Protect Your Logs from Tampering Hack #5 - Security
Security isn't a noun, it's a verb; not a product, but a process. Today, learn the hacks involved in reducing the risks involved in offering services on a Unix-based system. This the first part of chapter one in Network Security Hacks, by Andrew Lockhart (ISBN 0-596-00643-8, O'Reilly & Associates, 2004).
Use file attributes to prevent intruders from removing traces of their break-in.
In the course of an intrusion, an attacker will more than likely leave telltale signs of his actions in various system logs. This is a valuable audit trail that should be well protected. Without reliable logs, it can be very difficult to figure out how the attacker got in, or where the attack came from. This information is crucial in analyzing the incident and then responding to it by contacting the appropriate parties involved [Hack #100]. However, if the breakin attempt is successful and the intruder gains root privileges, what’s to stop him from removing the traces of his misbehavior?
This is where file attributes come in to save the day (or at least make it a little better). Both Linux and the BSDs have the ability to assign extra attributes to files and directories. This is different from the standard Unix permissions scheme in that the attributes set on a file apply universally to all users of the system, and they affect file accesses at a much deeper level than file permissions or ACLs [Hack #4]. In Linux you can see and modify the attributes that are set for a given file by using the lsattr and chattr commands, respectively. Under the BSDs, ls -lo can be used to view the attributes, and chflags can be used to modify them. At the time of this writing, file attributes in Linux are available only when using the ext2 and ext3 filesystems. There are also kernel patches available for attribute support in XFS and reiserfs.
One useful attribute for protecting log files is append-only. When this attribute is set, the file cannot be deleted, and writes are only allowed to append to the end of the file.
To set the append-only flag under Linux, run this command:
# chattr +a filename
Under the BSDs, use this:
# chflags sappnd filename
See how the +a attribute works by creating a file and setting its append-only attribute:
The second write attempt failed, since it would overwrite the file. However, appending to the end of the file is still permitted:
# echo "appending to file" >> /var/log/logfile # cat /var/log/logfile append-only not set appending to file
Obviously, an intruder who has gained root privileges could realize that file attributes are being used and just remove the append-only flag from our logs by running chattr –a. To prevent this, we need to disable the ability to remove the append-only attribute. To accomplish this under Linux, use its capabilities mechanism. Under the BSDs, use its securelevel facility.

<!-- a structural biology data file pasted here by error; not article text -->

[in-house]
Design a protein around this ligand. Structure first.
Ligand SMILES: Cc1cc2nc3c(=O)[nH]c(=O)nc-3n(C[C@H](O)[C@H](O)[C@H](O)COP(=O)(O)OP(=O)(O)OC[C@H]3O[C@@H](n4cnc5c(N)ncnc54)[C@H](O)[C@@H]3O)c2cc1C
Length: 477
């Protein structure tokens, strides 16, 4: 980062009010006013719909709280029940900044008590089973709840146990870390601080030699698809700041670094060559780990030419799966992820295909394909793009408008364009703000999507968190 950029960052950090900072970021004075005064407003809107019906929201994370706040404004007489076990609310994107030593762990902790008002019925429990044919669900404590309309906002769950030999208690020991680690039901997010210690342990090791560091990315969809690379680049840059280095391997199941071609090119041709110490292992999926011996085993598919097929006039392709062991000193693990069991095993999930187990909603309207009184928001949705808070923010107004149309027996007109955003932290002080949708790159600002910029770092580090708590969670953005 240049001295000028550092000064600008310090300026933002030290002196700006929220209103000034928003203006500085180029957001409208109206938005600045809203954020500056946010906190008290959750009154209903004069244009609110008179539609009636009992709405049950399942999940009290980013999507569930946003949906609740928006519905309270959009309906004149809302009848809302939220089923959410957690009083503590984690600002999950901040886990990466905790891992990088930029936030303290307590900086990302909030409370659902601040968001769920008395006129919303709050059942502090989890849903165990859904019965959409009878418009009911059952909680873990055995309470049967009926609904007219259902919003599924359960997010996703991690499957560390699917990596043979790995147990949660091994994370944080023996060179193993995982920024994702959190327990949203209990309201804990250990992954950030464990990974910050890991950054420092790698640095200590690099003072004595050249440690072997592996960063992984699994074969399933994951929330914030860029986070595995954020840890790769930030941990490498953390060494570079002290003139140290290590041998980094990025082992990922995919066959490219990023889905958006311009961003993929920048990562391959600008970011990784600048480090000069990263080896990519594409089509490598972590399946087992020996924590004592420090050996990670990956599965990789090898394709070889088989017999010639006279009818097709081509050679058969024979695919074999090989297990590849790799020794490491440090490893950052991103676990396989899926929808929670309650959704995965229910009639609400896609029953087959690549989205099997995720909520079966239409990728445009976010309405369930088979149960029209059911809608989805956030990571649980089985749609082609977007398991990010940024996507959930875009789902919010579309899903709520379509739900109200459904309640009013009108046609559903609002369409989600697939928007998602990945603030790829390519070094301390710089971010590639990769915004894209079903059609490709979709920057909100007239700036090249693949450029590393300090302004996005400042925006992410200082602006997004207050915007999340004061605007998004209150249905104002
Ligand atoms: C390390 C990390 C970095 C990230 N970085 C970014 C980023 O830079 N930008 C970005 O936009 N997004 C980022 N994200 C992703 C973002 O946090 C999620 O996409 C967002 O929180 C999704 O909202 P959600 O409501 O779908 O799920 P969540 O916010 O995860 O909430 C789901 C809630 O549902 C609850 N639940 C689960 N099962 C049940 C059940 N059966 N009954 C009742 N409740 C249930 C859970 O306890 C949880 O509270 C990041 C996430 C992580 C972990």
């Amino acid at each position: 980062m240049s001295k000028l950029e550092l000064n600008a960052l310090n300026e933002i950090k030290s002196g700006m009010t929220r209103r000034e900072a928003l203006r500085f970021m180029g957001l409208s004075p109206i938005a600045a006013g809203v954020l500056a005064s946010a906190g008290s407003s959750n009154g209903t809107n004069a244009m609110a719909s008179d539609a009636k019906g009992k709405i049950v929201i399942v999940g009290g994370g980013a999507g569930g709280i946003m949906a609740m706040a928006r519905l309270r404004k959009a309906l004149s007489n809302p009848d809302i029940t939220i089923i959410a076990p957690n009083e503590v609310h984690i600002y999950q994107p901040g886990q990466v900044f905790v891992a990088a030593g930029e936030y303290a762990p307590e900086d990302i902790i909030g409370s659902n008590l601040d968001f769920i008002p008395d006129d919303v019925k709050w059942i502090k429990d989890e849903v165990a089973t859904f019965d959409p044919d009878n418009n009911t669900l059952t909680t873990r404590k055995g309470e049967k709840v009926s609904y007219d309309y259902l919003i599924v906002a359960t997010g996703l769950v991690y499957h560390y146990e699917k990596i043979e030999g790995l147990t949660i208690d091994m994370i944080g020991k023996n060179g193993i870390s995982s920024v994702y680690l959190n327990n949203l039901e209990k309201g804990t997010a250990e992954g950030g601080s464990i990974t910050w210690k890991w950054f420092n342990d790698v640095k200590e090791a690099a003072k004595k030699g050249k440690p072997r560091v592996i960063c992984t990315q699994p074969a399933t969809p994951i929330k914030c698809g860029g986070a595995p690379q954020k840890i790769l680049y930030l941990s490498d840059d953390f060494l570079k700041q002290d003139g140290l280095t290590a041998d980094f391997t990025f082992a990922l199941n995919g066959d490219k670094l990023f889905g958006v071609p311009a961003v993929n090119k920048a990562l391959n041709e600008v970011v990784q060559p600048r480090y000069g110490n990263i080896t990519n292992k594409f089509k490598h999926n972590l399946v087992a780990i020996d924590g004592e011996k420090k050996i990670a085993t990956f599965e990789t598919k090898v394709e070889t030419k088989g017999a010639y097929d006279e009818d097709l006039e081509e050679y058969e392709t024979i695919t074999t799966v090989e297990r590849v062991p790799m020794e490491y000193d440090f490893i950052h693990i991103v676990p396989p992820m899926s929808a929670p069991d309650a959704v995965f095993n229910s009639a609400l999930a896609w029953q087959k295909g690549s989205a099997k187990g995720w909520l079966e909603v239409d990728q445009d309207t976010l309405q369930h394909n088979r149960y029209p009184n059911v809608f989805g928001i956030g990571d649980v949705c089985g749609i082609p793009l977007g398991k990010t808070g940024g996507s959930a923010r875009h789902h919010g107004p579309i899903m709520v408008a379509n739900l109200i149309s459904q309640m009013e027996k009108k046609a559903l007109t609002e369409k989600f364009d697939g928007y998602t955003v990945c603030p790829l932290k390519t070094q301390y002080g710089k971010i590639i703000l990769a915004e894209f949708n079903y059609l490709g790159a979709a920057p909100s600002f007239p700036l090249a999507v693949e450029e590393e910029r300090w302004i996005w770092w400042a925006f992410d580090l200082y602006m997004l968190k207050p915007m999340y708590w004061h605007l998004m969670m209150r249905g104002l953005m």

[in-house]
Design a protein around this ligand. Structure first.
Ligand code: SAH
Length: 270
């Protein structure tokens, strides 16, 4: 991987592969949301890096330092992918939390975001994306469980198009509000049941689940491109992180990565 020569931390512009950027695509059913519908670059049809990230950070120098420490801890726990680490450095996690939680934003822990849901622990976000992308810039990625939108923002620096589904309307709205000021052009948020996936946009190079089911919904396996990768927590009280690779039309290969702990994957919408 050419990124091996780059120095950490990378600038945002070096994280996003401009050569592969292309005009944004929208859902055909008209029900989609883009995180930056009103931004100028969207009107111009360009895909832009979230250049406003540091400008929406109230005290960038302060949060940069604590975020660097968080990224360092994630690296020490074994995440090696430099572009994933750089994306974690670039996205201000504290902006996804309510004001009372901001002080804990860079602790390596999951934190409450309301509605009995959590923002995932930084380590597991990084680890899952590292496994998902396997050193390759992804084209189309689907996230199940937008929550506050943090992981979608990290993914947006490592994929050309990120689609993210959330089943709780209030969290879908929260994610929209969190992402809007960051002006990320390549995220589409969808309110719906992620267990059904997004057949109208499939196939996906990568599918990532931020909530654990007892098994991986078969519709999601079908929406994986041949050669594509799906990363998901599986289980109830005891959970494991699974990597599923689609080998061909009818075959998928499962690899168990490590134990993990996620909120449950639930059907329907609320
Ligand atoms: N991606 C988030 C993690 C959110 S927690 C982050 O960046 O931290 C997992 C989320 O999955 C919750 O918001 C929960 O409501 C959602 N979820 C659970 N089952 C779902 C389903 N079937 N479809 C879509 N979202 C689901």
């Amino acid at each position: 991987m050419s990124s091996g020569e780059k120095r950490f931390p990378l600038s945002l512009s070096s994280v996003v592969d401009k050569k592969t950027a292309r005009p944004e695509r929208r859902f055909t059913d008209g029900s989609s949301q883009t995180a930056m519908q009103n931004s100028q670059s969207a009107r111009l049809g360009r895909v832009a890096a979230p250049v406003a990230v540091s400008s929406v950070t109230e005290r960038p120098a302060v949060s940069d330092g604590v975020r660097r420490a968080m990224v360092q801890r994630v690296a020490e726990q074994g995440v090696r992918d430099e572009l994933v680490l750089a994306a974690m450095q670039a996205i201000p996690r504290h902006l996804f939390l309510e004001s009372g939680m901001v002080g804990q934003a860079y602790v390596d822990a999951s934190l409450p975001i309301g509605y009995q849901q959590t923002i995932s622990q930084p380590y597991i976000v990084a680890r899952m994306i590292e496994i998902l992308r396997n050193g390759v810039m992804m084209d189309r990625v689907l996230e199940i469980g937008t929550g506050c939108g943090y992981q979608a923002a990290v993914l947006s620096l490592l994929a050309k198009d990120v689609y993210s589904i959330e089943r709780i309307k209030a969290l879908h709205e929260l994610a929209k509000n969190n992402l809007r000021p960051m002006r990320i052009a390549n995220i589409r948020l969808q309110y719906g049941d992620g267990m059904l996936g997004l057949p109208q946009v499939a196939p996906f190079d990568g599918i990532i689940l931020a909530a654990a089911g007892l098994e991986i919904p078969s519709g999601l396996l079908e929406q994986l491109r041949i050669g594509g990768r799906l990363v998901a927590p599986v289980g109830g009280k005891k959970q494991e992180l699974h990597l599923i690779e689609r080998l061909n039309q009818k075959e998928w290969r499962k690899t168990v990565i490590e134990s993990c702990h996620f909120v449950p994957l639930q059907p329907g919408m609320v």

The Linux capabilities model divides up the privileges given to the allpowerful root account and allows you to selectively disable them. In order to prevent a user from removing the append-only attribute from a file, we need to remove the CAP_LINUX_IMMUTABLE capability. When present in the running system, this capability allows the append-only attribute to be modified. To modify the set of capabilities available to the system, we will use a simple utility called lcap (http://packetstormsecurity.org/linux/admin/lcap-0.0.3.tar.bz2).
To unpack and compile the tool, run this command:
# tar xvfj lcap-0.0.3.tar.bz2 && cd lcap-0.0.3 && make
Then, to disallow modification of the append-only flag, run:
The first command removes the ability to change the append-only flag, and the second command removes the ability to do raw I/O. This is needed so that the protected files cannot be modified by accessing the block device they reside on. It also prevents access to /dev/mem and /dev/kmem, which would provide a loophole for an intruder to reinstate the CAP_LINUX_ IMMUTABLE capability. To remove these capabilities at boot, add the previous two commands to your system startup scripts (e.g., /etc/rc.local). You should ensure that capabilities are removed late in the boot order, to prevent problems with other startup scripts. Once lcap has removed kernel capabilities, they can be reinstated only by rebooting the system.
The BSDs accomplish the same thing through the use of securelevels. The securelevel is a kernel variable that can be set to disallow certain functionality. Raising the securelevel to 1 is functionally the same as removing the two previously discussed Linux capabilities. Once the securelevel has been set to a value greater than 0, it cannot be lowered. By default, OpenBSD will raise the securelevel to 1 when in multiuser mode. In FreeBSD, the securelevel is –1 by default.
To change this behavior, add the following line to /etc/sysctl.conf:
Before doing this, you should be aware that adding append-only flags to your log files will most likely cause log rotation scripts to fail. However, doing this will greatly enhance the security of your audit trail, which will prove invaluable in the event of an incident.
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